The US Navy has revealed its latest recruit – a giant robotic spy disguised as a tuna.
The robo-fish is designed to swim into enemy territory, and to guard the hulls of US boats.
Researchers from the Chief of Naval Operations Rapid Innovation Cell and Boston Engineering tested the prototype at the Joint Expeditionary Base Little Creek in Virginia on Thursday.
The fish can be controlled with a joystick or be programmed to swim on its own.
The unmanned underwater vehicle is able to make tight turns and move through the water quietly, making it ideal for surveillance and reconnaissance missions.
The Navy hopes it could be used to inspect the hull of a ship, check waters for threats such as mines or protrusions, deliver payloads including sonar and guidance packages, and access otherwise denied areas.
Over the past several weeks, Boston Engineering’s tuna-sized device, also known as Ghost Swimmer, has been gathering data on tides, varied currents, wakes, and weather conditions for the development of future tasks.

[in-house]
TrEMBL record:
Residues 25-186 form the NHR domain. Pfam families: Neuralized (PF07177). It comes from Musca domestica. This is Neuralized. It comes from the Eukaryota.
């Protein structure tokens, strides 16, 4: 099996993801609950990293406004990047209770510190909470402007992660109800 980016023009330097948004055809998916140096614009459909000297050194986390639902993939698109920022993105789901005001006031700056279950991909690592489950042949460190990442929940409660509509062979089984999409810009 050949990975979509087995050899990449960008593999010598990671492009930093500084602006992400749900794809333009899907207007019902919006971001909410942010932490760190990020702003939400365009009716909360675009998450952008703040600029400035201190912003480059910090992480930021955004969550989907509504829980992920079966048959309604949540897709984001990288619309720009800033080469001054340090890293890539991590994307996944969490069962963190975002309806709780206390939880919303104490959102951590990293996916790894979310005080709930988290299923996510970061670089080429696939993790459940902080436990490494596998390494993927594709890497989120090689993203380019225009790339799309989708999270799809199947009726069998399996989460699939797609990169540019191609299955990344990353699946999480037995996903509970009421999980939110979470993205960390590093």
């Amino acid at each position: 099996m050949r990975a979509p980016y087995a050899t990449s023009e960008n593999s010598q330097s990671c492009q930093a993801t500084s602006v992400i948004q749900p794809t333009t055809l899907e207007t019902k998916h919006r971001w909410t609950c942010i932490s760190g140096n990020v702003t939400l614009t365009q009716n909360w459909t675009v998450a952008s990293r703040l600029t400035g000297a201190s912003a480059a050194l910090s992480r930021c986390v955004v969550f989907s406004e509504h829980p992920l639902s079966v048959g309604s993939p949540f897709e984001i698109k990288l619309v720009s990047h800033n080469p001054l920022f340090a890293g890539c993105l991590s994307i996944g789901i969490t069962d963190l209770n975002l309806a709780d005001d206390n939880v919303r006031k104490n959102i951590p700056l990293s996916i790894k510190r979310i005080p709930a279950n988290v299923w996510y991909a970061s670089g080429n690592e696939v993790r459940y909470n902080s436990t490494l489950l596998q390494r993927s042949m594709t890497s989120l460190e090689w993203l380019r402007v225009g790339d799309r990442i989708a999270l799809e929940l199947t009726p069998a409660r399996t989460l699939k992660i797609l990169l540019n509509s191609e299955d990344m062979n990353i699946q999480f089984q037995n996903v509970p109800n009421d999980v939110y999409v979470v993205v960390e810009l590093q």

‘GhostSwimmer will allow the Navy to have success during more types of missions while keeping divers and Sailors safe,’ said Michael Rufo, director of Boston Engineering’s Advanced Systems Group.
The GhostSwimmer was developed to resemble the shape and mimic the swimming style of a large fish.
At a length of approximately 5 feet and a weight of nearly 100 pounds, the GhostSwimmer vehicle can operate in water depths ranging from 10 inches to 300 feet.
‘It swims just like a fish does by oscillating its tail fin back and forth,’ said Rufo.
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